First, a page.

This week is Book Week, an annual event that for children means a celebration of all the great things found in the pages of books, and for parents (mostly, let’s be honest, mums) means the not inconsiderable challenge of coming up with a costume for their child or children for dress-up day.
Will it be Harry or Hermione? A classic Where’s Wally? An old-school Cat in the Hat? Gangsta Granny? The Gruffalo?
But if this event is all about children’s book favourites, there is—in the stress of the whole thing for parents, the tears and tantrums (of the parent)—shadows and echoes of literature for adults as well, as if fictional characters for young and old were walking side by side during Book Week.
Some parents are like Jay Gatsby, the titular character in F. Scott Fitzgerald’s classic. They are believers the perfect costume for their child is possible, and that it will win them the love and approval of all. They will be made worthy. Like Gatsby with his piles of fine shirts, money is no obstacle. They believe in the dream and feel, arms outstretched, they can hardly fail to grasp it—’it’ being the most expensive item at the costume hire shop.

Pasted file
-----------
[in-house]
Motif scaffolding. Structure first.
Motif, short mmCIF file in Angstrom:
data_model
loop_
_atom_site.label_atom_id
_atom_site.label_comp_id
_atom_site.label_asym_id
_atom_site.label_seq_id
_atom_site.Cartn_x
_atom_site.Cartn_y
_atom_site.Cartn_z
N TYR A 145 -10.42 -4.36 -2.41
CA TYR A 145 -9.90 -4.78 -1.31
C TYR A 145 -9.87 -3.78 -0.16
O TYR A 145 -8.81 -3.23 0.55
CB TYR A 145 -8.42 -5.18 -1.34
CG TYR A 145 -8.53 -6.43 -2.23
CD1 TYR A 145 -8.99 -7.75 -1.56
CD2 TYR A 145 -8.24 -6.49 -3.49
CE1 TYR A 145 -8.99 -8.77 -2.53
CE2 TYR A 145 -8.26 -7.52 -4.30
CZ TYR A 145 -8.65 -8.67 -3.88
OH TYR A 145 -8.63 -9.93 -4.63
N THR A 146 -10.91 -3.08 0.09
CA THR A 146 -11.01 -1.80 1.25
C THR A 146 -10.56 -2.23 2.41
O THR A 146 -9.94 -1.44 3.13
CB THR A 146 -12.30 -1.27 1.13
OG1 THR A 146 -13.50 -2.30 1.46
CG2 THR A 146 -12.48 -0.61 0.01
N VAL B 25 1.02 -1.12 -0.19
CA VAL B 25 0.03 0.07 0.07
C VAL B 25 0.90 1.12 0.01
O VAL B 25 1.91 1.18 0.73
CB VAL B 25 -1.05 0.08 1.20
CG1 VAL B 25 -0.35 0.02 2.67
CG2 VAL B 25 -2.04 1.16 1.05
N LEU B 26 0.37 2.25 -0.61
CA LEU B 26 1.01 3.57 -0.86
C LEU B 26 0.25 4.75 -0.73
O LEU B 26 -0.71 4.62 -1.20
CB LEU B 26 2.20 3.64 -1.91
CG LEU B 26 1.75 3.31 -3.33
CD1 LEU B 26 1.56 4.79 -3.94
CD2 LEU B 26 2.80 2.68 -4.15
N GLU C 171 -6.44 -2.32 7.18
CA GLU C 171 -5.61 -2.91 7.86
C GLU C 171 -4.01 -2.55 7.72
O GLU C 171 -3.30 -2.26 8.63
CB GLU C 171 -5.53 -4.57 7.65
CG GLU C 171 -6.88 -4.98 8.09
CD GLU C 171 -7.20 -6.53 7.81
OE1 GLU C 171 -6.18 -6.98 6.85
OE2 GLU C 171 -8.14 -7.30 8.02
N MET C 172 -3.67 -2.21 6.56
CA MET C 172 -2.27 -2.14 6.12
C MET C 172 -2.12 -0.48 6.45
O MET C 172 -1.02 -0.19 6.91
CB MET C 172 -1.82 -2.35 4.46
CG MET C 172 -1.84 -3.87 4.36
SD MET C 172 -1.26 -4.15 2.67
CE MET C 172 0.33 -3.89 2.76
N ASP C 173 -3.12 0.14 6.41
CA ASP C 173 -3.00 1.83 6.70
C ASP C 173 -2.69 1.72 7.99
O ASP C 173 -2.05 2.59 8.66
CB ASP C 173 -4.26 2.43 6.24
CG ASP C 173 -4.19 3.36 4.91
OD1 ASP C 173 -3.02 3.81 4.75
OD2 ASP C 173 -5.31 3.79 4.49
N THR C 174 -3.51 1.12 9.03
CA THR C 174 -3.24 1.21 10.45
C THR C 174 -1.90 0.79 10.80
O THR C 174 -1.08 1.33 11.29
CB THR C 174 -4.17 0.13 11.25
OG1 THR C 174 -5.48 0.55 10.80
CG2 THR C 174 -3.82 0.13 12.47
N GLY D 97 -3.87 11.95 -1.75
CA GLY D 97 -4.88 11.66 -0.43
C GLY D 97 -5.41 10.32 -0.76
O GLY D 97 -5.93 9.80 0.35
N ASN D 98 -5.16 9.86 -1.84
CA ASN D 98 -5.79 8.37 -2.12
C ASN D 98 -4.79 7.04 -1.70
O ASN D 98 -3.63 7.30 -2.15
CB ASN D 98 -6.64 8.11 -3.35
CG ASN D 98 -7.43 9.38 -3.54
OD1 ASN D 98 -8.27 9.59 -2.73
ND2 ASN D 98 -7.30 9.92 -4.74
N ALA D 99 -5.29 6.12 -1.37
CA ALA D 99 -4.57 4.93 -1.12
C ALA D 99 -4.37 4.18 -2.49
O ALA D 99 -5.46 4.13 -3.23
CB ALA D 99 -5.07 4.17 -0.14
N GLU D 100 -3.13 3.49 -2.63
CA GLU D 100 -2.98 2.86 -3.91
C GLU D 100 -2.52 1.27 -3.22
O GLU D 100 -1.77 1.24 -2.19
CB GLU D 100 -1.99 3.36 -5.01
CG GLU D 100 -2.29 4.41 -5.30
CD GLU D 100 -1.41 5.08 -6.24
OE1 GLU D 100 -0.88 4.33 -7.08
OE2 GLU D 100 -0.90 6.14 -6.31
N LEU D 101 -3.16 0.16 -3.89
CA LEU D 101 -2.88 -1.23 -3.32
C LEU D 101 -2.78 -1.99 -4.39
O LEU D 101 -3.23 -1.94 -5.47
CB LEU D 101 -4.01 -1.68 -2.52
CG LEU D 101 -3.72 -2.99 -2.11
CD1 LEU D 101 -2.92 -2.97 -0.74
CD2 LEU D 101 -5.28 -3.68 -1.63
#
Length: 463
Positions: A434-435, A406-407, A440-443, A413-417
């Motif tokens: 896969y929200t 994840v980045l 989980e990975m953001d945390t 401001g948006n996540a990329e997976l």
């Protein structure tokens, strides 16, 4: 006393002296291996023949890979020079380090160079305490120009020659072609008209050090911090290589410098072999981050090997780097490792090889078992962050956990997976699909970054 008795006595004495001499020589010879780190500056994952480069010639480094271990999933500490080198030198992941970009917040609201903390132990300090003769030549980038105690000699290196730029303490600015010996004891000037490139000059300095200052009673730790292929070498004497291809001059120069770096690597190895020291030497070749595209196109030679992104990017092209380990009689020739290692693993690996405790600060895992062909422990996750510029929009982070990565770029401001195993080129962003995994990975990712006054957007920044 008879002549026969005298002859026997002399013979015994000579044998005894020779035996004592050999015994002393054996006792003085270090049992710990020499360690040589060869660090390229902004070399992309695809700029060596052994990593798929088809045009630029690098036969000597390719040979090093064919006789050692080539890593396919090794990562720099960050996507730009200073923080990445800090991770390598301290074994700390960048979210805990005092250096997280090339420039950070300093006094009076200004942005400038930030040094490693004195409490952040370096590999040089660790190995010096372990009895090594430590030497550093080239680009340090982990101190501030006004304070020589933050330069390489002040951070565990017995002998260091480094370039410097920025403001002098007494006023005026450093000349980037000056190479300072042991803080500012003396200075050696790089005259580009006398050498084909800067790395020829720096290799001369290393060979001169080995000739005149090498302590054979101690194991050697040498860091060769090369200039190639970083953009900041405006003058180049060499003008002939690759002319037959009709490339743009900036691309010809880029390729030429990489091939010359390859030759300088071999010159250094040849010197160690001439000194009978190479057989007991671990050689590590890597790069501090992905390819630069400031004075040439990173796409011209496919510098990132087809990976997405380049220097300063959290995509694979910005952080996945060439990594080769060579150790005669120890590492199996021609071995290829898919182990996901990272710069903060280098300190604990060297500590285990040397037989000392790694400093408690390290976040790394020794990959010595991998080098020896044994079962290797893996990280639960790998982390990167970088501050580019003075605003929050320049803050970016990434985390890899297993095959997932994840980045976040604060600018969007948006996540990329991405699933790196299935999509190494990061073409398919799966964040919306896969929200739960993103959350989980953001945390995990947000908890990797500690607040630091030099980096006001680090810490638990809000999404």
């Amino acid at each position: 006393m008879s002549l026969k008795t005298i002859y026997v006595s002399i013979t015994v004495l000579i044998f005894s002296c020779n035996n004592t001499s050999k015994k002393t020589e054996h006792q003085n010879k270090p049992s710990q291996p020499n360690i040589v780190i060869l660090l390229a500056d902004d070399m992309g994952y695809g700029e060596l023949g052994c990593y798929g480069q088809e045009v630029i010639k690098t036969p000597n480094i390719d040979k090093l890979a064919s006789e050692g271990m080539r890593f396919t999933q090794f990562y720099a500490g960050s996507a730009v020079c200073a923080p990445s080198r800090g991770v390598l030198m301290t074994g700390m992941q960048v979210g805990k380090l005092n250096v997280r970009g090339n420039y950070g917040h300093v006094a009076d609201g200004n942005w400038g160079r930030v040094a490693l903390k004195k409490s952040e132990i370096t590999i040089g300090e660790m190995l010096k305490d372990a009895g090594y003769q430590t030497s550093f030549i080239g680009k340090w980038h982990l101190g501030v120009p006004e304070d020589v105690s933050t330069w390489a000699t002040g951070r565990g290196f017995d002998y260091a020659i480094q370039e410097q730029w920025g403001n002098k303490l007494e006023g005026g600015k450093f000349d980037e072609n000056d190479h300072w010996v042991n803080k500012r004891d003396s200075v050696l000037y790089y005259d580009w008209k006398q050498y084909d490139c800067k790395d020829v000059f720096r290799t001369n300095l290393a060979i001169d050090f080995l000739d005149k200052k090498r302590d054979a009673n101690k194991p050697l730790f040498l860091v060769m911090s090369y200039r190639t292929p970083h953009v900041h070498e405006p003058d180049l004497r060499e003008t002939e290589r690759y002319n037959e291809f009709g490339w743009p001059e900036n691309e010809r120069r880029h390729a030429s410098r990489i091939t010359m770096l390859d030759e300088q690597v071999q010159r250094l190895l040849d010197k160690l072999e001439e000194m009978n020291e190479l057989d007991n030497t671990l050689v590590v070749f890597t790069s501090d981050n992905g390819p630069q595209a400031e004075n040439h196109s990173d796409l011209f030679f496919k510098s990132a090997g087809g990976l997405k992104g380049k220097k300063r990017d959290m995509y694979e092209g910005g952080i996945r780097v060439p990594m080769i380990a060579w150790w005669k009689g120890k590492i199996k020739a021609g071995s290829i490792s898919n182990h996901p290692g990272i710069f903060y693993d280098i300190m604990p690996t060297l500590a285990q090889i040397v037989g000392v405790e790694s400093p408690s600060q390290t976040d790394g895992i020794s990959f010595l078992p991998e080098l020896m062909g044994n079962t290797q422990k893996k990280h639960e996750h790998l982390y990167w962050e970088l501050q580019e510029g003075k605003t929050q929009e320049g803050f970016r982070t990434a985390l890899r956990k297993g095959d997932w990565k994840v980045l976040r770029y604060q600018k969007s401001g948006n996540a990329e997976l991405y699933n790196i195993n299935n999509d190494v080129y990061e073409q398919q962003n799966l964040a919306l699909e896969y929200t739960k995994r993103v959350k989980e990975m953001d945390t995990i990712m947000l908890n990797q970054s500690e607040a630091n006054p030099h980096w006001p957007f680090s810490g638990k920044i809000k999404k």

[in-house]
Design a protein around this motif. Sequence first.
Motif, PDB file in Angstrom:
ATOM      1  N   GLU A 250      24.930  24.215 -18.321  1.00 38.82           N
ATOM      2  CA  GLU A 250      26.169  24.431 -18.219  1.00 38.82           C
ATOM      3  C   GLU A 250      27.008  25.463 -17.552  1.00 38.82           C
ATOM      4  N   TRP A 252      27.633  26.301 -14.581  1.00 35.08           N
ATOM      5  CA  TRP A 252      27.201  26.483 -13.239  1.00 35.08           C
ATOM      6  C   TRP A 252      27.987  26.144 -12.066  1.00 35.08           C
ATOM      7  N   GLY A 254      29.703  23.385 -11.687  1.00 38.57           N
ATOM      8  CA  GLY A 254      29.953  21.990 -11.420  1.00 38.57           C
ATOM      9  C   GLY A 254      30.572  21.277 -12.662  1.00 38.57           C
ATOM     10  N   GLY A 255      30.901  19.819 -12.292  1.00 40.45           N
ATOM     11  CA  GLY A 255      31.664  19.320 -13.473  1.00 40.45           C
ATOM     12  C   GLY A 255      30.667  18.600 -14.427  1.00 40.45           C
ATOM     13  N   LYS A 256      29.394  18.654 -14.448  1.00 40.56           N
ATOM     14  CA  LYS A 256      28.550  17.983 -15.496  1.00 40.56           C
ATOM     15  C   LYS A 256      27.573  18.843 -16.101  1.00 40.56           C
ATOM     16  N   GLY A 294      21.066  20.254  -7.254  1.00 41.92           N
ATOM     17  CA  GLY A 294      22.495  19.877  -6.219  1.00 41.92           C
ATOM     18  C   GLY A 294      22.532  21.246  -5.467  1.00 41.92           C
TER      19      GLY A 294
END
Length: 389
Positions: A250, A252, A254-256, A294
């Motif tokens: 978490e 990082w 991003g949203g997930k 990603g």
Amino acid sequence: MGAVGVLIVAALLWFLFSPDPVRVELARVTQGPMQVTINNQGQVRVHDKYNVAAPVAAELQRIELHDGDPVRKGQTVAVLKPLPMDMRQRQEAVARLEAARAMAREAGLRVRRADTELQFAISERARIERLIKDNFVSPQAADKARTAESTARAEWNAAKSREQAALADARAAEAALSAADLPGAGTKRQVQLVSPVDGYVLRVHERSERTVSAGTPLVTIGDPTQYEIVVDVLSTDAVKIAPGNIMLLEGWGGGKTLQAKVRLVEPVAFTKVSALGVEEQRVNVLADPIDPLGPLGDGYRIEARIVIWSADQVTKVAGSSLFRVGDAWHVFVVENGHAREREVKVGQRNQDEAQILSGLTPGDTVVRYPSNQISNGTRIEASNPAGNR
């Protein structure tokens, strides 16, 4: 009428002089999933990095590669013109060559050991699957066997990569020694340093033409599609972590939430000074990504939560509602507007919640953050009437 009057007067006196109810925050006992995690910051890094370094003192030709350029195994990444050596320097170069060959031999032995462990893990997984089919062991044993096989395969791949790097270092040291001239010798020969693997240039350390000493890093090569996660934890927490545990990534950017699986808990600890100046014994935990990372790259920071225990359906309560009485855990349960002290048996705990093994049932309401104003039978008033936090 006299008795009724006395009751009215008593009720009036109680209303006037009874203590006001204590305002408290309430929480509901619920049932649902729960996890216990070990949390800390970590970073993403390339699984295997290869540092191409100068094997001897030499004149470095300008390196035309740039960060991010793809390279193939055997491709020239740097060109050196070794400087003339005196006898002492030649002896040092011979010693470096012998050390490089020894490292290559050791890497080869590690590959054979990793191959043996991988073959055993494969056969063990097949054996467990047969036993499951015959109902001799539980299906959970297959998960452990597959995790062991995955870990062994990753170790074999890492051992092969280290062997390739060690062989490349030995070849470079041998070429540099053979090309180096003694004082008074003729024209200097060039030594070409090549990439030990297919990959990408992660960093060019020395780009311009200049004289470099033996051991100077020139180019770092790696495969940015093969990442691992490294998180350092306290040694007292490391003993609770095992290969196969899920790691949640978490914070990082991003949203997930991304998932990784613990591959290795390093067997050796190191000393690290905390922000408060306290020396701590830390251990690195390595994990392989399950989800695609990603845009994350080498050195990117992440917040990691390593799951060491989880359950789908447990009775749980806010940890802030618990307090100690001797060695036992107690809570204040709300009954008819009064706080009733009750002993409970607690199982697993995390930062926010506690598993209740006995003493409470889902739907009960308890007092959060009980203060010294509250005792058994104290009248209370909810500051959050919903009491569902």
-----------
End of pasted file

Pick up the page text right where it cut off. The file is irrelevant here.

These parents are of course hated by all the other parents, and the latter, to create a clear point of difference, adopt the persona of Holden Caulfield. They love children and their play more than anything, but they also think the adult world is full of phonies and you shouldn’t suck up to it by being superficial. In other words, re the costume, they’re all for not trying too hard.
Fathers have a particular tendency in this direction, which is why mothers end up doing all the work. As pressure around the Book Week costume intensifies, men are good at disappearing. They morph from Holden Caulfield into Dean Moriarty from Kerouac’s On the Road. They may not drop everything and head to San Francisco chasing kicks and jazz and the mad and the holy, but they mumble something about Bunnings and are gone an awful long time.
So mothers end up lumped with making the costume. They trawl Pinterest for ideas. They negotiate with the child. They deep dive into dress-up boxes. And then, in after-work hours that turn into after-work days and late, late nights, there is a terrifying blur of cardboard, glitter, hot glue guns, string, ribbon, spray paint and sticky tape.
Come the day, the costume is ready, the child happy and off to school. But the mother is a wreck. Her hair has glue in it and sticks in all directions. She hasn’t showered or changed her clothes for days. Her man is nowhere to be seen. She has become a Dickens character. She is Miss Havisham, bent on revenge.
Simon Castles is an Age desk editor.